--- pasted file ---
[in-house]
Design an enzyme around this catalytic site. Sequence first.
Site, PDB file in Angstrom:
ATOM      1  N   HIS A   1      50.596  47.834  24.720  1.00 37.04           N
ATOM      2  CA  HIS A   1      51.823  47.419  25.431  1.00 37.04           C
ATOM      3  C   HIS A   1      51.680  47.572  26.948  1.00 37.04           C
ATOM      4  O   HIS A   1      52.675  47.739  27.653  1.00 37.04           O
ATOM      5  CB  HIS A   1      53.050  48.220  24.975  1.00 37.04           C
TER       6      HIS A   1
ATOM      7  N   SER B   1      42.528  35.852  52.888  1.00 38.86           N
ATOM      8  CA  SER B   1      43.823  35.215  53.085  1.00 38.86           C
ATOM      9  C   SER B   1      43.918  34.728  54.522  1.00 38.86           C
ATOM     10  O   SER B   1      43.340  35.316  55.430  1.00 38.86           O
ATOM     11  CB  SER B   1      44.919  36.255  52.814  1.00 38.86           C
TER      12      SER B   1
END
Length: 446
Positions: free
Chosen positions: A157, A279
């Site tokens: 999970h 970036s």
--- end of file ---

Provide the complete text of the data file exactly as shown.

[in-house]
Design an enzyme around this catalytic site. Sequence first.
Site, PDB file in Angstrom:
ATOM      1  N   HIS A   1      50.596  47.834  24.720  1.00 37.04           N
ATOM      2  CA  HIS A   1      51.823  47.419  25.431  1.00 37.04           C
ATOM      3  C   HIS A   1      51.680  47.572  26.948  1.00 37.04           C
ATOM      4  O   HIS A   1      52.675  47.739  27.653  1.00 37.04           O
ATOM      5  CB  HIS A   1      53.050  48.220  24.975  1.00 37.04           C
TER       6      HIS A   1
ATOM      7  N   SER B   1      42.528  35.852  52.888  1.00 38.86           N
ATOM      8  CA  SER B   1      43.823  35.215  53.085  1.00 38.86           C
ATOM      9  C   SER B   1      43.918  34.728  54.522  1.00 38.86           C
ATOM     10  O   SER B   1      43.340  35.316  55.430  1.00 38.86           O
ATOM     11  CB  SER B   1      44.919  36.255  52.814  1.00 38.86           C
TER      12      SER B   1
END
Length: 446
Positions: free
Chosen positions: A157, A279
């Site tokens: 999970h 970036s």